Understanding Spinal Stenosis

Age-related shrinkage isn’t the only thing that narrows your spinal canal. A back injury can do it as well, and so can osteoarthritis, tumors, herniated discs, or thickened ligaments. Whatever the underlying cause, the outcome is the same: spinal stenosis

Sadly, there’s not much room in your spine to begin with, so when it starts to close in, it crowds all the nerves running in and through it until one of those nerves gets pinched. At that point, your nerve screams out in pain.

That’s where we come in. At Regency Pain & Therapy Institute, our team of expert medical professionals specializes in getting to the bottom of your spinal stenosis pain and solving those underlying issues, so you can get back to a pain-free life. 

Since spinal stenosis can stem from multiple conditions, we start by thoroughly investigating your symptoms to determine the culprit or culprits in your case. The treatment we recommend is as unique as you are. If you’re suffering from spinal stenosis, you know the pain can be excruciating. Here are a few things you might not know.

Spinal stenosis comes in two types

Two areas of your spine are susceptible to spinal stenosis: your neck and your lower back. 

Stenosis in your neck is called cervical stenosis, and it can affect your whole body. You may notice numbness or tingling in your arms and legs, you may feel off balance, you might feel pain in your neck, and you could even experience bladder and bowel problems. Not everyone experiences the same symptoms.

Lumbar spinal stenosis is what we call it when your spine narrows in your lower back region. Symptoms of lumbar spinal stenosis include pain, of course, as well as numbness and tingling in your legs and feet, cramps, and weakness in your lower extremities.

Spinal stenosis loves it when you exercise

We get it. The last thing you feel like doing when you’re in pain is exercising. But it could be the thing that brings you much-needed relief. But not just any exercise will do; in fact, some types could do more harm than good, so be sure to check in with us before starting a new workout.

We can suggest targeted exercises that increase your flexibility and strengthen the muscles that support your balance and increase mobility. Strengthening your core muscles can do a great deal to gird your spine and alleviate pressure and pain.

Age is the number one factor in spinal stenosis

Getting older takes its toll on all your body parts, especially your joints. And what’s your spine if not a long line of joints? Over time, even if you’re otherwise healthy, your spine changes — the ligaments begin to thicken, your discs slowly deteriorate, and your vertebrae fall out of alignment.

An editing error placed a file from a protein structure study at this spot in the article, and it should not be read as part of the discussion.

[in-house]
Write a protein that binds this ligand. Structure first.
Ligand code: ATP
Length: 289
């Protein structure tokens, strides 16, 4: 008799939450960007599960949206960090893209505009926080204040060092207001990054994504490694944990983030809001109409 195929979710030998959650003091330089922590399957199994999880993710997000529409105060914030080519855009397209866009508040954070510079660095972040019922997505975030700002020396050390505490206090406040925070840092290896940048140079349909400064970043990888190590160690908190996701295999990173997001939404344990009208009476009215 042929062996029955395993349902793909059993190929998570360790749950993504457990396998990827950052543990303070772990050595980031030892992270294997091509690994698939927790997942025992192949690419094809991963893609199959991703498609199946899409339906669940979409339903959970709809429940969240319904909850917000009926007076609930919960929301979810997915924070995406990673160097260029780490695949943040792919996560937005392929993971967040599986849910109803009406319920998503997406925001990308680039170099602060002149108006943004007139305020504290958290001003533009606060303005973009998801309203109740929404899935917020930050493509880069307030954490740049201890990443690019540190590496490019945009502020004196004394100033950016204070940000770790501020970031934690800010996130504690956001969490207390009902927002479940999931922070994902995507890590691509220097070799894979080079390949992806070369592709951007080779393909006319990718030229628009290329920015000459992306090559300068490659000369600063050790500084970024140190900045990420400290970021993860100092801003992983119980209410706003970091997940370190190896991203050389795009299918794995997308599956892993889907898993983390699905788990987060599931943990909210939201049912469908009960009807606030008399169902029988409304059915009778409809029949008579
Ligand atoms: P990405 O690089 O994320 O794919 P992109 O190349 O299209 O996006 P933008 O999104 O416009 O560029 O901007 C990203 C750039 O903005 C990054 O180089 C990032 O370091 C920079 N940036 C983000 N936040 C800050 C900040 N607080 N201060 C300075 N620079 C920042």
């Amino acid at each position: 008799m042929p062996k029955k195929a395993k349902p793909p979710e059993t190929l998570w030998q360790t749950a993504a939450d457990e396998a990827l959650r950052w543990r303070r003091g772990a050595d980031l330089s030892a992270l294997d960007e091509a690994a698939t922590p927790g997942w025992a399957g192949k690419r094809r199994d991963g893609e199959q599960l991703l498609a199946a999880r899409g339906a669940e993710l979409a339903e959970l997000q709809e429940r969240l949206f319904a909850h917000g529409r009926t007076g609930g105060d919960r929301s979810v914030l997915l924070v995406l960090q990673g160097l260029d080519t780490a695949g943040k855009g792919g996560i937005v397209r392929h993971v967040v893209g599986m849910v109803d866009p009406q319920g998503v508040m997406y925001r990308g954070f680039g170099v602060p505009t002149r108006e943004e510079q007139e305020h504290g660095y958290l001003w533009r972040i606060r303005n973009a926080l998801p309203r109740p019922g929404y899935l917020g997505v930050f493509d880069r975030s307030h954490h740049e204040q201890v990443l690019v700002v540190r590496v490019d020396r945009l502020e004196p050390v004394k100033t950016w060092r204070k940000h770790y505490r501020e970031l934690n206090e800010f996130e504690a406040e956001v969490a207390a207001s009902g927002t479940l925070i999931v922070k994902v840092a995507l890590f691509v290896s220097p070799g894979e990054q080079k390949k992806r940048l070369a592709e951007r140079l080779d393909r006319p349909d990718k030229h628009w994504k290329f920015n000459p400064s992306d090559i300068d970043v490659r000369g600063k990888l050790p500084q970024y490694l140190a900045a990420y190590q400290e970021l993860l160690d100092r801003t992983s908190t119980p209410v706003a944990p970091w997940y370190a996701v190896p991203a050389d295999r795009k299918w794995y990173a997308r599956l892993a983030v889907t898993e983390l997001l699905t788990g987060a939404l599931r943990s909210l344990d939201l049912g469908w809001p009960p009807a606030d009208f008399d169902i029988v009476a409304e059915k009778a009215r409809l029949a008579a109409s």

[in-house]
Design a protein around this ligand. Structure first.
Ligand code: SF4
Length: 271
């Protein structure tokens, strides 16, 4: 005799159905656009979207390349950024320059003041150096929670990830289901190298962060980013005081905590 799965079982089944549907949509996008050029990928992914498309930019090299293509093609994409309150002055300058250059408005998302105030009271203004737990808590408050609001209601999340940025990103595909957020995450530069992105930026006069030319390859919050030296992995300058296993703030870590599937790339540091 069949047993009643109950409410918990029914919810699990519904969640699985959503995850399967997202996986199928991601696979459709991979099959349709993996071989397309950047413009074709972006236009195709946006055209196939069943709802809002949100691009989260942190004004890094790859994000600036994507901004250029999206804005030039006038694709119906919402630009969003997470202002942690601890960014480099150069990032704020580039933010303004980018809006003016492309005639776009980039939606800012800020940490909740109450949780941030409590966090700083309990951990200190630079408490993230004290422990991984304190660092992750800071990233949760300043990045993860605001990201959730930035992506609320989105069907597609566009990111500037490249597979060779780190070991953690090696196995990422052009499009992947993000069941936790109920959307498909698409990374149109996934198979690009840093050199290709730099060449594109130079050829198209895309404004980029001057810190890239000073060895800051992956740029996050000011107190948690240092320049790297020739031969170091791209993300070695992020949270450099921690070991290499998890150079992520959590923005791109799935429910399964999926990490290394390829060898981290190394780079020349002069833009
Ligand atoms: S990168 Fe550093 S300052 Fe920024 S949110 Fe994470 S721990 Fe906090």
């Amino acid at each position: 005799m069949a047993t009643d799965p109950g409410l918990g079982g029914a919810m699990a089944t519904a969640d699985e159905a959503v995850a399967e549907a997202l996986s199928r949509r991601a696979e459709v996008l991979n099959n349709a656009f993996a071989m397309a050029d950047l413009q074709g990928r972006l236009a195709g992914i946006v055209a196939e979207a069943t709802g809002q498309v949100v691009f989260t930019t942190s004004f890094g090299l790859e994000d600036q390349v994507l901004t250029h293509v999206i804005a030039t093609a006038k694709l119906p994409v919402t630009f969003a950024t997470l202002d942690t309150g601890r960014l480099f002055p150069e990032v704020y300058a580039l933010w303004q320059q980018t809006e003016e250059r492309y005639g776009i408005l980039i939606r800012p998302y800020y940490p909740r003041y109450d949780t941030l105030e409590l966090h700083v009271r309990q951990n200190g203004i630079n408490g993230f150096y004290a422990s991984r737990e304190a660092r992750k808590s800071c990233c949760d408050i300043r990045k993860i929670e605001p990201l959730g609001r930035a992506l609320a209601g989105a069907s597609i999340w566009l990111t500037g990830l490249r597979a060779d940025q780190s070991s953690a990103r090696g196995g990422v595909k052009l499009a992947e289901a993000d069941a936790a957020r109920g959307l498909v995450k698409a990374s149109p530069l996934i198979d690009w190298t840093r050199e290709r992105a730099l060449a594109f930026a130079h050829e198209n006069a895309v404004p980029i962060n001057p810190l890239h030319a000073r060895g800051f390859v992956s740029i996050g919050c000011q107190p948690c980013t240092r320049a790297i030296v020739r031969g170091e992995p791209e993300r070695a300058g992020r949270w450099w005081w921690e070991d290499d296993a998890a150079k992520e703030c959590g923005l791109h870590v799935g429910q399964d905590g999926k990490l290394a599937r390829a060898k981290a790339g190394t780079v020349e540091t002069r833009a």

You may even have spinal stenosis without knowing it. Past the age of 50, 95% of all spines have narrowed to some degree. It only becomes a problem, though, when that narrowing presses on a nerve and causes pain and other symptoms, which means you could be living with asymptomatic spinal stenosis.

Spinal stenosis is treatable

Since there are so many possible causes of spinal stenosis, there are just as many treatment options. Our team here at Regency Pain & Therapy Institute thoroughly evaluates your health, your symptoms, and the underlying condition before customizing a treatment plan to match your unique situation.

We may start by reducing inflammation, if that’s the main cause of your pain, then adding physical therapy, which is highly effective at relieving pressure and building a support system. Medication and corticosteroid injections prove effective as next-level treatments in many cases. 

We may perform a minimally invasive decompression procedure if you have lumbar spinal stenosis caused by thickened ligaments. And if you have bony structures pressing on your nerves and causing major mobility and functional challenges, you may be a candidate for surgery.

The bottom line is that you don’t have to live with the pain of spinal stenosis. If you’re experiencing any of the classic symptoms we’ve mentioned, especially if you’re 50 years or older, call us at 817-345-6225 to set up a consultation at our Mansfield, Texas office, or schedule it online today. 

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